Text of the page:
The logo of the German Federal Financial Supervisory Authority BaFin (Bundesanstalt fuer Finanzdienstleistungsaufsicht) is pictured outside a BaFin office building in Bonn, Germany on April 15, 2019. REUTERS / Wolfgang Rattay

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  • Setback for the lender as it seeks to restore its reputation
  • Deutsche Banks agrees and says they have improved controls

FRANKFURT, Dec. 29 (Reuters) – German financial regulator BaFin has fined Deutsche Bank (DBKGn.DE) nearly $ 10 million over Euribor interest rate checks in a setback for largest lender of the country as it seeks to restore its reputation.

The fine of 8.66 million euros ($ 9.77 million) announced on Wednesday is the first imposed by BaFin under a 2018 regulation aimed at preventing manipulation of the Euribor, the index of reference of the interbank offered rate in euros used in the financial sector.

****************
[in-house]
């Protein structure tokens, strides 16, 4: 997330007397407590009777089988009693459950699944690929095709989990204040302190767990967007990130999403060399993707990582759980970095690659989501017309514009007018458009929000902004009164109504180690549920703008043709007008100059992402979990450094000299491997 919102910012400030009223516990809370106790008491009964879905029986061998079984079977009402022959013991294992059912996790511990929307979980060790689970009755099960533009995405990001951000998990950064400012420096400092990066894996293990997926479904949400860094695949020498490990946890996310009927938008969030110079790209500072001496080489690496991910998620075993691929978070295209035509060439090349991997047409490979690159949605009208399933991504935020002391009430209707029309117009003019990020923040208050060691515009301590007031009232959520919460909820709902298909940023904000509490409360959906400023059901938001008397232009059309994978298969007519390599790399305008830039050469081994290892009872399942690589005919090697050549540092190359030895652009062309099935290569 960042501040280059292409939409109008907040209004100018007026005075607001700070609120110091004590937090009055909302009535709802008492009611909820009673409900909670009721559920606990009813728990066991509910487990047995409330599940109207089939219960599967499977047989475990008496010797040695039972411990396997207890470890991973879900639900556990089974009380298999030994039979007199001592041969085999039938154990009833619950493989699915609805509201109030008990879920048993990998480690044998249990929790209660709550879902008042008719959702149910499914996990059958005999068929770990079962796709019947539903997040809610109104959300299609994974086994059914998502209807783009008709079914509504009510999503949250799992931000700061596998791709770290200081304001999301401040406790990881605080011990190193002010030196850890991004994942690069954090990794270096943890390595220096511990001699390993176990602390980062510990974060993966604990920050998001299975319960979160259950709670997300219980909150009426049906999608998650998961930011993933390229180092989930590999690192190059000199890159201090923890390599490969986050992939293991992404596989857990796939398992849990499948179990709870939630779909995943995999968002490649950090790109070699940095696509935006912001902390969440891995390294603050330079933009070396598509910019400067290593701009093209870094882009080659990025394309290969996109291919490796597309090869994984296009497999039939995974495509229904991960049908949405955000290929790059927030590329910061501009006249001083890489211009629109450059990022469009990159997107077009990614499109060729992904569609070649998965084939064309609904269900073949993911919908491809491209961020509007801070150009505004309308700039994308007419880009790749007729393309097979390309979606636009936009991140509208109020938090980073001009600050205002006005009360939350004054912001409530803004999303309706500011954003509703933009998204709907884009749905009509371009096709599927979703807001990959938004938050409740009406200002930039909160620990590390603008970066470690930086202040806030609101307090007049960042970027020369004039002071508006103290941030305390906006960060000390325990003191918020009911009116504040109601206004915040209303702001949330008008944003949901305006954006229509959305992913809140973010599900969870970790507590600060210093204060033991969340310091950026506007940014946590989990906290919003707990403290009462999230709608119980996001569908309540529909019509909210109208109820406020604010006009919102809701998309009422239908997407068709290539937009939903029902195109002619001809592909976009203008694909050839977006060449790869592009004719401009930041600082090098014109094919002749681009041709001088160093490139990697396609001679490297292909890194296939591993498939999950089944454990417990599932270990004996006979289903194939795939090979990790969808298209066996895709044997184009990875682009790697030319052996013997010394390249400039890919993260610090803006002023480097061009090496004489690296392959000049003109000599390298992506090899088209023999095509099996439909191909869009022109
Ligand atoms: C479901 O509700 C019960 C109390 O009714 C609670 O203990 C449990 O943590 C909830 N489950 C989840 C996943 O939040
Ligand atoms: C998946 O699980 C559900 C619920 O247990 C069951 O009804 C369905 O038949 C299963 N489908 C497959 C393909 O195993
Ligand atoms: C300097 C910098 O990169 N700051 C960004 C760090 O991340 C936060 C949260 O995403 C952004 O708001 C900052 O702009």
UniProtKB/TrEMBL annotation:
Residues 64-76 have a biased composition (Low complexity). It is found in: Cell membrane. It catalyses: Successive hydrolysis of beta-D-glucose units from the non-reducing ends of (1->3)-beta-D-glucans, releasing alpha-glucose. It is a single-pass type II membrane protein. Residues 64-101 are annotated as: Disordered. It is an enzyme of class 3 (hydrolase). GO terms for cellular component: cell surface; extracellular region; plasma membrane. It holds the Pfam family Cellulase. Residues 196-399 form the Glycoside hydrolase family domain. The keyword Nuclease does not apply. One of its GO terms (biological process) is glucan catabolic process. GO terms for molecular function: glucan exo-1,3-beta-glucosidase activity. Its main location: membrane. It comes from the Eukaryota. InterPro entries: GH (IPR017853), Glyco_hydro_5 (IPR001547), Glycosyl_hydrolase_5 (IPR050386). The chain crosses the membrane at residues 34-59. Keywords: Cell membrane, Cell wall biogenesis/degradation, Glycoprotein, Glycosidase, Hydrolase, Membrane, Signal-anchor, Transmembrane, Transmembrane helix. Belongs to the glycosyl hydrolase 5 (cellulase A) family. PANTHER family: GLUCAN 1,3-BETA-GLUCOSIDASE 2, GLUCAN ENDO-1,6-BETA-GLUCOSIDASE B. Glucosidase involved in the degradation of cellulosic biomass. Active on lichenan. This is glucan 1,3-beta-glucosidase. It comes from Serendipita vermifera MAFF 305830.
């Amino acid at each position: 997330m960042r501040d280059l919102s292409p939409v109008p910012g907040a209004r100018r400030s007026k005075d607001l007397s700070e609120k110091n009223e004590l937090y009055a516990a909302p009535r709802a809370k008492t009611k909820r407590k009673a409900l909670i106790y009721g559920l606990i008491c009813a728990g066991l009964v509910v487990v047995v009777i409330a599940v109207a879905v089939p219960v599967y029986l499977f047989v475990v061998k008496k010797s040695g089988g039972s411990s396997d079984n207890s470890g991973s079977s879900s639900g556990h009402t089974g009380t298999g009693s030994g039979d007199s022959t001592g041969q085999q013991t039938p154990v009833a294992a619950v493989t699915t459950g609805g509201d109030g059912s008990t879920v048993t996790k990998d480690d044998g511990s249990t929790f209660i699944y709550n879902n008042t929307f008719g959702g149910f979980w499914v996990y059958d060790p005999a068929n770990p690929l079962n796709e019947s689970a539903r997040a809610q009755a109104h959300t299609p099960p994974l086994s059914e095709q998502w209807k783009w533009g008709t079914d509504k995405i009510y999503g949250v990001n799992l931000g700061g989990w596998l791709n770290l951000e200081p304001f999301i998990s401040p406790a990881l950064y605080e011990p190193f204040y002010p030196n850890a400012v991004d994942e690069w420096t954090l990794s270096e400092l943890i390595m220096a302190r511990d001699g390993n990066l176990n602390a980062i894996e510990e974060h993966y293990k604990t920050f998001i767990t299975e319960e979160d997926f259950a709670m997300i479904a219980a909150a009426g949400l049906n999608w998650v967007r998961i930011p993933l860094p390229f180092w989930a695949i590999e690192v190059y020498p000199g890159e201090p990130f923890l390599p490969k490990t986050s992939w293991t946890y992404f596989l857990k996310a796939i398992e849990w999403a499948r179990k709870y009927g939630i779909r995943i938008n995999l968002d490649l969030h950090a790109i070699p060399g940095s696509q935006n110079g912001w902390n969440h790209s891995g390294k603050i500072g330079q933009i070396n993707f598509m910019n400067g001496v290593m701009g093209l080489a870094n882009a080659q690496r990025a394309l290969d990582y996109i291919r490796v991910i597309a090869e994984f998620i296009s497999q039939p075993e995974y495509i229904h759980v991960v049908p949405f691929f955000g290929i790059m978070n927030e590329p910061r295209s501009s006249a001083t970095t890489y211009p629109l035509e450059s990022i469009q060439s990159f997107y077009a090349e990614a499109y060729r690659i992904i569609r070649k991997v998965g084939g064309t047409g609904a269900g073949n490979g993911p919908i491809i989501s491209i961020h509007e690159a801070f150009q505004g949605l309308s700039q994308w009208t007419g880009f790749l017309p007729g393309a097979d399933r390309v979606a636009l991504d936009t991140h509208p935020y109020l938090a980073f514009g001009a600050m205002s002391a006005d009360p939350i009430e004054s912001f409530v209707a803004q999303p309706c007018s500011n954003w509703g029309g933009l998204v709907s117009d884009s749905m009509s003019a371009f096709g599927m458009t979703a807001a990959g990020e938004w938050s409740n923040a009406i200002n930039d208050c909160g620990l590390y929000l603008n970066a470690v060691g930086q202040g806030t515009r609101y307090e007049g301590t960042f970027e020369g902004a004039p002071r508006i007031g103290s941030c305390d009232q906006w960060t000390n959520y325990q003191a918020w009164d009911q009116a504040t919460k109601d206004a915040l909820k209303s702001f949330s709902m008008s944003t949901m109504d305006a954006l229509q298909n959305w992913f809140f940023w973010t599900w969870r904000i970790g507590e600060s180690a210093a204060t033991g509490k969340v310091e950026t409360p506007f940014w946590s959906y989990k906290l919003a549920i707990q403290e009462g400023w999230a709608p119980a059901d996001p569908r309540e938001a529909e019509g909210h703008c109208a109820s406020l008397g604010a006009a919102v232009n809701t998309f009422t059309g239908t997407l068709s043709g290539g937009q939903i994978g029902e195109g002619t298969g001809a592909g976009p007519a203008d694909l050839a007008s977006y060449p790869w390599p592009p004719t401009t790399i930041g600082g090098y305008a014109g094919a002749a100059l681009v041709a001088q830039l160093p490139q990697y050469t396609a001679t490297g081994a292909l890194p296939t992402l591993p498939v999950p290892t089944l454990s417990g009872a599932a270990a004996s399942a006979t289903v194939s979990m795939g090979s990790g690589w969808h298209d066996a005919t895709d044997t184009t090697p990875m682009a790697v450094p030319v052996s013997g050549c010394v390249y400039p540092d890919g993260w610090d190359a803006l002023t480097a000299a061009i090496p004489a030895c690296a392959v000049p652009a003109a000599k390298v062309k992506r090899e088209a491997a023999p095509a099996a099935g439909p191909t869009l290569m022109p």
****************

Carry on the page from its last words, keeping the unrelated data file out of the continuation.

“The bank sometimes did not have effective prevention systems, controls and policies in place,” BaFin said.

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Deutsche Bank said it accepted the fine and put in place measures to improve its controls over Euribor.

The bank added that there was no reason to believe it had submitted incorrect rates to the administrator of the benchmark.

The period in question was between April 2019 and April 2020, a source familiar with the matter told Reuters.

BaFin found flaws in some processes intended to protect the quality of the data used to calculate the rate, including weaknesses in regular checks and other organizational precautions, the source said.

The bank has been the subject of numerous regulatory and legal investigations over the past decade. This includes allegations of rate rigging involving several global banks.

In April, BaFin ordered Deutsche Bank to put in place additional safeguards to prevent money laundering.

Under new leadership, BaFin itself attempted to restore its image after failing to detect wrongdoing before the collapse of German payment firm Wirecard last year.

($ 1 = 0.8861 euro)

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Reporting by Tom Sims Editing by Louise Heavens and David Goodman

Our standards: Thomson Reuters Trust Principles.


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